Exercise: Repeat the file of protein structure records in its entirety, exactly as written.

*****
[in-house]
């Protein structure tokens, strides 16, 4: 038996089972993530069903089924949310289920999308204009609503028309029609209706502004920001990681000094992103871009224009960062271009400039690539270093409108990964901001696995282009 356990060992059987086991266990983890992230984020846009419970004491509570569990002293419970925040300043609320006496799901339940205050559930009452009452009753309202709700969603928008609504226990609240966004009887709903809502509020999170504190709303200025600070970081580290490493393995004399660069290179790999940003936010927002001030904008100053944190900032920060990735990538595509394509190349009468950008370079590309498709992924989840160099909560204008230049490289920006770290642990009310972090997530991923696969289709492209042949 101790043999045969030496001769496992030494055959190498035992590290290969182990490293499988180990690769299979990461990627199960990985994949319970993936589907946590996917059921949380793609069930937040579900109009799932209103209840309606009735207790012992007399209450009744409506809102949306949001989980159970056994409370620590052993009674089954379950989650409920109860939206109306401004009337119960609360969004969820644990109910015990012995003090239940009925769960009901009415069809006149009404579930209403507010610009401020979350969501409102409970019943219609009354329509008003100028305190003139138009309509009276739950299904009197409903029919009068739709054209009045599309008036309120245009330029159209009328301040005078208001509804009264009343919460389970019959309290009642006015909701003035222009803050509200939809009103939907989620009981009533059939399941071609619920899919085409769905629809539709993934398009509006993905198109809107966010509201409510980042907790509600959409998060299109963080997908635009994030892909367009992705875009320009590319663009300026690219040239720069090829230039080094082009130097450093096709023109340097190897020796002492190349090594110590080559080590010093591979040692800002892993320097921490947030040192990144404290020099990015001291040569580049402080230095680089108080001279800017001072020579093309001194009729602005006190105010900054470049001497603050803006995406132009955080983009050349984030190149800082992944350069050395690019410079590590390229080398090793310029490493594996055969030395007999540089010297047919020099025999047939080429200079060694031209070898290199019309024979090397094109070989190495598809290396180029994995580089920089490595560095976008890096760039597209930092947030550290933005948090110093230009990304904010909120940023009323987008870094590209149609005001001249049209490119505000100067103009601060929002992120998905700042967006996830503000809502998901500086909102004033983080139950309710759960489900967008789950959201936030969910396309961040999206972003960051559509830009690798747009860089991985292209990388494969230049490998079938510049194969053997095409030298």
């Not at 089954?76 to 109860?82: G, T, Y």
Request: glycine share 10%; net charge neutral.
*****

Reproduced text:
[in-house]
């Protein structure tokens, strides 16, 4: 038996089972993530069903089924949310289920999308204009609503028309029609209706502004920001990681000094992103871009224009960062271009400039690539270093409108990964901001696995282009 356990060992059987086991266990983890992230984020846009419970004491509570569990002293419970925040300043609320006496799901339940205050559930009452009452009753309202709700969603928008609504226990609240966004009887709903809502509020999170504190709303200025600070970081580290490493393995004399660069290179790999940003936010927002001030904008100053944190900032920060990735990538595509394509190349009468950008370079590309498709992924989840160099909560204008230049490289920006770290642990009310972090997530991923696969289709492209042949 101790043999045969030496001769496992030494055959190498035992590290290969182990490293499988180990690769299979990461990627199960990985994949319970993936589907946590996917059921949380793609069930937040579900109009799932209103209840309606009735207790012992007399209450009744409506809102949306949001989980159970056994409370620590052993009674089954379950989650409920109860939206109306401004009337119960609360969004969820644990109910015990012995003090239940009925769960009901009415069809006149009404579930209403507010610009401020979350969501409102409970019943219609009354329509008003100028305190003139138009309509009276739950299904009197409903029919009068739709054209009045599309008036309120245009330029159209009328301040005078208001509804009264009343919460389970019959309290009642006015909701003035222009803050509200939809009103939907989620009981009533059939399941071609619920899919085409769905629809539709993934398009509006993905198109809107966010509201409510980042907790509600959409998060299109963080997908635009994030892909367009992705875009320009590319663009300026690219040239720069090829230039080094082009130097450093096709023109340097190897020796002492190349090594110590080559080590010093591979040692800002892993320097921490947030040192990144404290020099990015001291040569580049402080230095680089108080001279800017001072020579093309001194009729602005006190105010900054470049001497603050803006995406132009955080983009050349984030190149800082992944350069050395690019410079590590390229080398090793310029490493594996055969030395007999540089010297047919020099025999047939080429200079060694031209070898290199019309024979090397094109070989190495598809290396180029994995580089920089490595560095976008890096760039597209930092947030550290933005948090110093230009990304904010909120940023009323987008870094590209149609005001001249049209490119505000100067103009601060929002992120998905700042967006996830503000809502998901500086909102004033983080139950309710759960489900967008789950959201936030969910396309961040999206972003960051559509830009690798747009860089991985292209990388494969230049490998079938510049194969053997095409030298």
């Not at 089954?76 to 109860?82: G, T, Y």
Request: glycine share 10%; net charge neutral.